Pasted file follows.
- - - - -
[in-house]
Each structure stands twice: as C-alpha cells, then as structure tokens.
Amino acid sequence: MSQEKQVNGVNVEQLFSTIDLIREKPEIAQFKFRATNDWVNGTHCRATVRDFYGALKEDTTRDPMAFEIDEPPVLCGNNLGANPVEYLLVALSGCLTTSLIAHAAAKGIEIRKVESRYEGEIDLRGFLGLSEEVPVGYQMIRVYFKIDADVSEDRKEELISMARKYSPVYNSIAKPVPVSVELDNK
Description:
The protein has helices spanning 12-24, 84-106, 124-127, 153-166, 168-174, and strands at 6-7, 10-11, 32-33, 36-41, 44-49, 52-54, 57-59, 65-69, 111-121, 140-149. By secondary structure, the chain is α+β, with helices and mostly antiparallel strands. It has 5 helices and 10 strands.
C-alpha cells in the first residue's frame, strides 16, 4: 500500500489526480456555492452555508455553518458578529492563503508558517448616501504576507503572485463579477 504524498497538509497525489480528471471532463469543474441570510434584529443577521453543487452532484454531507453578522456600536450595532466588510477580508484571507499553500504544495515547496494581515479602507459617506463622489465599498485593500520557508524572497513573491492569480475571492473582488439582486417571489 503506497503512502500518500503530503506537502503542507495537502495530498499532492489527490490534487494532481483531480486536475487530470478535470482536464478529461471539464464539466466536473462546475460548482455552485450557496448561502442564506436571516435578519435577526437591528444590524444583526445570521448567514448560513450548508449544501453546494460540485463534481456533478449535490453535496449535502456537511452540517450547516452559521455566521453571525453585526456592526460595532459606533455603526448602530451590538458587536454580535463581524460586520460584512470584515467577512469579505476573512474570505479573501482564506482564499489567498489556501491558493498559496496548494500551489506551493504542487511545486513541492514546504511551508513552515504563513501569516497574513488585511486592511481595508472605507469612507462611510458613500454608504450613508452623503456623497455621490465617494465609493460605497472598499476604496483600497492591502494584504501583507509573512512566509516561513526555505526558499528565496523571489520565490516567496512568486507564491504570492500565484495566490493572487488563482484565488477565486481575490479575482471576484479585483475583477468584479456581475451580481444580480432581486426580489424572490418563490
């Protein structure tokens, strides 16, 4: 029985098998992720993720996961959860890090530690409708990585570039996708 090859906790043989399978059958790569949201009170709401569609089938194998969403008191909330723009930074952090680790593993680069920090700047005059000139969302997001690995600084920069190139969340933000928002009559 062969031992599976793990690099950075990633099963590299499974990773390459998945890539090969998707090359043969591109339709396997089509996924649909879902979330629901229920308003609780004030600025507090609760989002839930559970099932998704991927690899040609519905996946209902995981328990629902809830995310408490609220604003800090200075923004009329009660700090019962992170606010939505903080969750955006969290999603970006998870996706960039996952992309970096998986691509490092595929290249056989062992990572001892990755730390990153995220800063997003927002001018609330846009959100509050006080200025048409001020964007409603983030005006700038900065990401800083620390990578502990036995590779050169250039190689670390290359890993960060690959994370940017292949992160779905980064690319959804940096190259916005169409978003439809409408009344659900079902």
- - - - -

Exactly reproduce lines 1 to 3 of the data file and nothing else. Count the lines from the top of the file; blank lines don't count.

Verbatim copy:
[in-house]
Each structure stands twice: as C-alpha cells, then as structure tokens.
Amino acid sequence: MSQEKQVNGVNVEQLFSTIDLIREKPEIAQFKFRATNDWVNGTHCRATVRDFYGALKEDTTRDPMAFEIDEPPVLCGNNLGANPVEYLLVALSGCLTTSLIAHAAAKGIEIRKVESRYEGEIDLRGFLGLSEEVPVGYQMIRVYFKIDADVSEDRKEELISMARKYSPVYNSIAKPVPVSVELDNK